The role requires a candidate with strong experience in all facets of digital including retail, marketing, mobile, advertising and promotion. Taking the leading role in developing and expanding the department, the candidate is expected to deliver exciting and targeted campaigns for the labels growing roster of artists as well as pushing the company forward as a whole with new digital initiatives.

Reporting to the Managing Director and Product Director, this is a great opportunity for an experienced candidate to help guide the digital future of one of the UK's biggest independent record labels.

Apply with CV and current salary to [email protected]



Organised by Chinwag Live, the event this Wednesday in London is host to a great panel with the likes of Spotify, Frukt Music, SoundCloud, MediaCom and The Guardian. As music streaming services such as, Spotify and We7 take off and new suppliers such as Virgin Media coming to the market we see the music industry provides one of the most dynamic and challenging environments for marketers. Can traditional radio advertisers make the leap to online audio ads? Or is it time the listener paid? Further details and tickets are available from

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The live music industry has criticised the government for ignoring various key suggestions made by a parliamentary select committee regarding reforms of the 2003 Licensing Act - in particular in relation to exempting smaller venues and scrapping the controversial Form 696. As much previously reported, the 2003 reform of live entertainment licensing in the UK resulted in good things and bad things, and the live sector has recently been busy lobbying political types to address the bad things and overcome the problems they have caused.

One key aim was to try and get smaller venues, so less than 200 capacity, exempted from much of the new licensing rules. It's argued that the bureaucracy venue owners must now navigate to stage live music, post-2003, is resulting in fewer and fewer smaller and pub venues staging music events, and that's bad news for the grass roots music community. Another concern is the controversial and much previously reported music licencing Form 696, introduced by the Metropolitan Police under new powers given to local authorities by the 2003 act, which promoters and artists say asks for far too much unnecessary information about planned gigs and artists playing at them.

Those doing the lobbying earlier this year welcomed a report by parliament's Culture, Media & Sport Select Committee which addressed a number of their concerns, and proposed a small venue exemption and the abolition of the Form 696. But they were less impressed yesterday when the government rejected both those select committee recommendations.

Confirming that was the case, the Department Of Culture, Media & Sport told reporters it had "not been able to reach agreement on [small venue] exemptions that [they believe] will deliver an increase in live music", while on Form 696 it noted concerns within the live industry but said that, as this was a Met Police form, it was up to the Met Police to decide whether or not to keep using it. Which kind of misunderstands the entire point of the democratic political process I think - besides, the issue really was that the new act gives local authorities, including local police forces, too much power, which they are in danger of abusing, as, some would argue, the Met and local London councils are doing with the Form 696. That's a problem with the Act and is for government and parliament, and not the Met, to address.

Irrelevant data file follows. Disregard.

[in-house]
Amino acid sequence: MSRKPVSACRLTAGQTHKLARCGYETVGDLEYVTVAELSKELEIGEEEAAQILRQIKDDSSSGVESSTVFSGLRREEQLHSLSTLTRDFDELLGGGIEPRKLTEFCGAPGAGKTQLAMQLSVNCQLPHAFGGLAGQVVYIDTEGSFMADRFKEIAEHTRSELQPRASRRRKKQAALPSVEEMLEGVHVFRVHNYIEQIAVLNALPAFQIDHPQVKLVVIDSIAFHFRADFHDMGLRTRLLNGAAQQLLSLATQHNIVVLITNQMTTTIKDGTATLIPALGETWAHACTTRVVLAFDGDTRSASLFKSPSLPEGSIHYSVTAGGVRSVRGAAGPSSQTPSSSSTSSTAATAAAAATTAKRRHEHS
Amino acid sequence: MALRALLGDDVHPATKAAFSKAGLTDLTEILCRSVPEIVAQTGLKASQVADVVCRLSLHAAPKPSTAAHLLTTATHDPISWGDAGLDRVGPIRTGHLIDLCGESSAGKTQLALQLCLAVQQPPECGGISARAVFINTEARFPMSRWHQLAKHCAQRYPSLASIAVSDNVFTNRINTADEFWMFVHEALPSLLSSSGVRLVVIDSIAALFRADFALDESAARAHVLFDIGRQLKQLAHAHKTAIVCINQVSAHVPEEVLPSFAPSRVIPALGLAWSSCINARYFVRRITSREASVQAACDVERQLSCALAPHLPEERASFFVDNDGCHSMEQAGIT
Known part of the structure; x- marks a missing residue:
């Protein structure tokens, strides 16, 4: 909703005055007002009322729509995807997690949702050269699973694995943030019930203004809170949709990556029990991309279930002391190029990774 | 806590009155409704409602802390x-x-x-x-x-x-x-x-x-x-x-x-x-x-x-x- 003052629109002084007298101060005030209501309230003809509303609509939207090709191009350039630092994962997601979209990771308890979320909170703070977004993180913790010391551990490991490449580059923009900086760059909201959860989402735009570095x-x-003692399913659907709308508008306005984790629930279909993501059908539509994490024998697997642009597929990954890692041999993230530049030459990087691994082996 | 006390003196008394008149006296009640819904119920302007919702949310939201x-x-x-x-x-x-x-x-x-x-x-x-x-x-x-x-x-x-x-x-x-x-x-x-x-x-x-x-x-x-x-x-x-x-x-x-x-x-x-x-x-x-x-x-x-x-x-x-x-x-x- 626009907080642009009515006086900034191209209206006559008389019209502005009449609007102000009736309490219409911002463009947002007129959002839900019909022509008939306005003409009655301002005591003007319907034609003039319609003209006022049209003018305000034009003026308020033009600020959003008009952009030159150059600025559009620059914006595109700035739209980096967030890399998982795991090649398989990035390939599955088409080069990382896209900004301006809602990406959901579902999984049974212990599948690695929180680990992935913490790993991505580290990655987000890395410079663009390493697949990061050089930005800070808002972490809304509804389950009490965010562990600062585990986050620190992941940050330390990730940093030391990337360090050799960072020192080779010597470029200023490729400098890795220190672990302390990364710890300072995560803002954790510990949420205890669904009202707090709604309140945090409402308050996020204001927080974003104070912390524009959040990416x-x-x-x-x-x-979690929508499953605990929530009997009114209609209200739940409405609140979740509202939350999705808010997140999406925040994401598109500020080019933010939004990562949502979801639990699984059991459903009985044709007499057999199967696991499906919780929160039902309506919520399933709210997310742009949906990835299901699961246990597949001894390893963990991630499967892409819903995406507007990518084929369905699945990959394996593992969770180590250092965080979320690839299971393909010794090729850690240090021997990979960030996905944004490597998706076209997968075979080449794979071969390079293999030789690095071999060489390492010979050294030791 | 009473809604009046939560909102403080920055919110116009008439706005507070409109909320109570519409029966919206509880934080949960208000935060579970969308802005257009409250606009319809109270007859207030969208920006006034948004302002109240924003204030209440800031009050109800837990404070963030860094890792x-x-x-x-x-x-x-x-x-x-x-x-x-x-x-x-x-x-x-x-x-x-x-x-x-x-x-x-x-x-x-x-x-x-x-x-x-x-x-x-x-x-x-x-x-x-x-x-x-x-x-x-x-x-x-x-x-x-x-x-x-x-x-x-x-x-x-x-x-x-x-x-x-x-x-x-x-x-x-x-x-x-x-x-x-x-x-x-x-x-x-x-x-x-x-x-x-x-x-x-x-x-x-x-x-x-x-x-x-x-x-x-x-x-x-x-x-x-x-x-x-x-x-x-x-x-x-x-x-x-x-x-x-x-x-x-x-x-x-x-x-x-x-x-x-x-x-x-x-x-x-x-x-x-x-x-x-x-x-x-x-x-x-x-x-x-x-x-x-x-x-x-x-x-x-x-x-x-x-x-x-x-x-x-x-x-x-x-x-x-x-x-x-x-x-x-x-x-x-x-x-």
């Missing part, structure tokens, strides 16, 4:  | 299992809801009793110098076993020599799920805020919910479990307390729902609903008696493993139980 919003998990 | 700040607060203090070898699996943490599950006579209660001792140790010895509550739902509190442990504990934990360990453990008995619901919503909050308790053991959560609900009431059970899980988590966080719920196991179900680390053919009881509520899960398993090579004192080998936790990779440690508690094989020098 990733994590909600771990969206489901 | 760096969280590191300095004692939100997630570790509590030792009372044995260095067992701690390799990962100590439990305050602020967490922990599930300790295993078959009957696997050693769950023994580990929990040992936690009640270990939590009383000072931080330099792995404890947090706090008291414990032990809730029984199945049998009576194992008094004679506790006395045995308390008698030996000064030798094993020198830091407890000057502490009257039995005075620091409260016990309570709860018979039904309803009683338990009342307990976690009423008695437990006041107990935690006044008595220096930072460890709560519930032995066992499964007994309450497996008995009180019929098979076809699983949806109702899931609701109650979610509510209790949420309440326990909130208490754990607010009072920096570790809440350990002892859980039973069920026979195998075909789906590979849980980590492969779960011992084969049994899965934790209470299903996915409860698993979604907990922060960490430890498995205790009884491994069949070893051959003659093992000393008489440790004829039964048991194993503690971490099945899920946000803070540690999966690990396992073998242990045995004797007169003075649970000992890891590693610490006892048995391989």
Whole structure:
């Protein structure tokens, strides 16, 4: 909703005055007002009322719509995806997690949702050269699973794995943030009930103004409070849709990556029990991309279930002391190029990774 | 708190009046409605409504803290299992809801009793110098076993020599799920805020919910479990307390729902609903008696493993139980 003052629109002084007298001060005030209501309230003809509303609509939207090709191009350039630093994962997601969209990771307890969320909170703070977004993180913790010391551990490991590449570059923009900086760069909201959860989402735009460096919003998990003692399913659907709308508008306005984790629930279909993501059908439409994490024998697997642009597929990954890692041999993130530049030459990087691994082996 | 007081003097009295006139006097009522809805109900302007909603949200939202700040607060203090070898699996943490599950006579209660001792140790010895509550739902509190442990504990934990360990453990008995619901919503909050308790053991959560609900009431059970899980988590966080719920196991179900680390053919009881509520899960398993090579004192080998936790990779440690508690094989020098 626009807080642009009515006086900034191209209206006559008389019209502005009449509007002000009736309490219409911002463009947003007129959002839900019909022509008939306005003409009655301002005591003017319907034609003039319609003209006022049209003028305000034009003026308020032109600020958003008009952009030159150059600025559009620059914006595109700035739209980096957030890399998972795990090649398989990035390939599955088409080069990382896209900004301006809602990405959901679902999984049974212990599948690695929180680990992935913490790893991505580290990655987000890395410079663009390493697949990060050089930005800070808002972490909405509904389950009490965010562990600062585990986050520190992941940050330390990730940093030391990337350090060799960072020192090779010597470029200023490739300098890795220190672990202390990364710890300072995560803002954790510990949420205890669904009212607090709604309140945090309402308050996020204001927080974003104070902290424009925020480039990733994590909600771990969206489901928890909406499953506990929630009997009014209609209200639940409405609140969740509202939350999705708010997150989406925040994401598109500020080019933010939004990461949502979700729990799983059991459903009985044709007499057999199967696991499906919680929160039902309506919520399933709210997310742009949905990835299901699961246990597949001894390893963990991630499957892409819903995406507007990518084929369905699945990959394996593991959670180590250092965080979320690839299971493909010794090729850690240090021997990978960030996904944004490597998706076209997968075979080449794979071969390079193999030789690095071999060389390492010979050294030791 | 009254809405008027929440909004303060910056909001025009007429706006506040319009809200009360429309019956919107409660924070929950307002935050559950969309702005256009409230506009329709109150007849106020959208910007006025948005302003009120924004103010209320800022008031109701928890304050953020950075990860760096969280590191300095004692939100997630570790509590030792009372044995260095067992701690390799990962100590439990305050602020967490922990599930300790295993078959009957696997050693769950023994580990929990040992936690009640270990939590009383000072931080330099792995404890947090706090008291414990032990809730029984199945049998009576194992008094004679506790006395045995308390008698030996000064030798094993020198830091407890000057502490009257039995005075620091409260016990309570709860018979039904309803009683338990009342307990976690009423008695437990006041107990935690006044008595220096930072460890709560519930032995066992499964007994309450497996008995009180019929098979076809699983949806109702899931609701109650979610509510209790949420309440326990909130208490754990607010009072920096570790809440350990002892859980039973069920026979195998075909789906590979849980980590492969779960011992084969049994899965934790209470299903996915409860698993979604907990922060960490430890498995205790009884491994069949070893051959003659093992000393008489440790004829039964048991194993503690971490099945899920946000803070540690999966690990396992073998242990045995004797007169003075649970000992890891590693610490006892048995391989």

Commenting on the DCMS's decision, cross-sector music business trade body UK Music said they were "extremely disappointed by the government's response. At a time when the British music industry is facing significant recessionary pressure and government's own research indicates a 5% decrease in the number of venues available to aspiring young musicians and performers, we had hoped, wrongly, that this government would endeavour to provide the most supportive framework possible for our industry. Today it has not".

A disappointed Feargal Sharkey, who has led the music business' lobbying efforts in this domain, both in his current role as boss of UK Music, and in his last job as chair of the Live Music Forum, told CMU: "After six years of legislation, eight consultations, two government research projects, two national review processes and a parliamentary select committee report, all of which have highlighted the harmful impact these regulations are having on the British music industry, government's only reaction is yet another review".

He continued: "Yet again we are told to wait. Yet again we are told that there will be another new review process, more meetings and yet another group, this time charged specifically with trying to develop loopholes which exploit a deeply flawed and ill-conceived Licensing Act. At what point does someone within government become brave enough to acknowledge that it is time to raise a hand, time to admit they have got it wrong and time to fix it. To recall the words of one former party leader, 'Sometimes it is better to lose and do the right thing than to win and do the wrong thing'".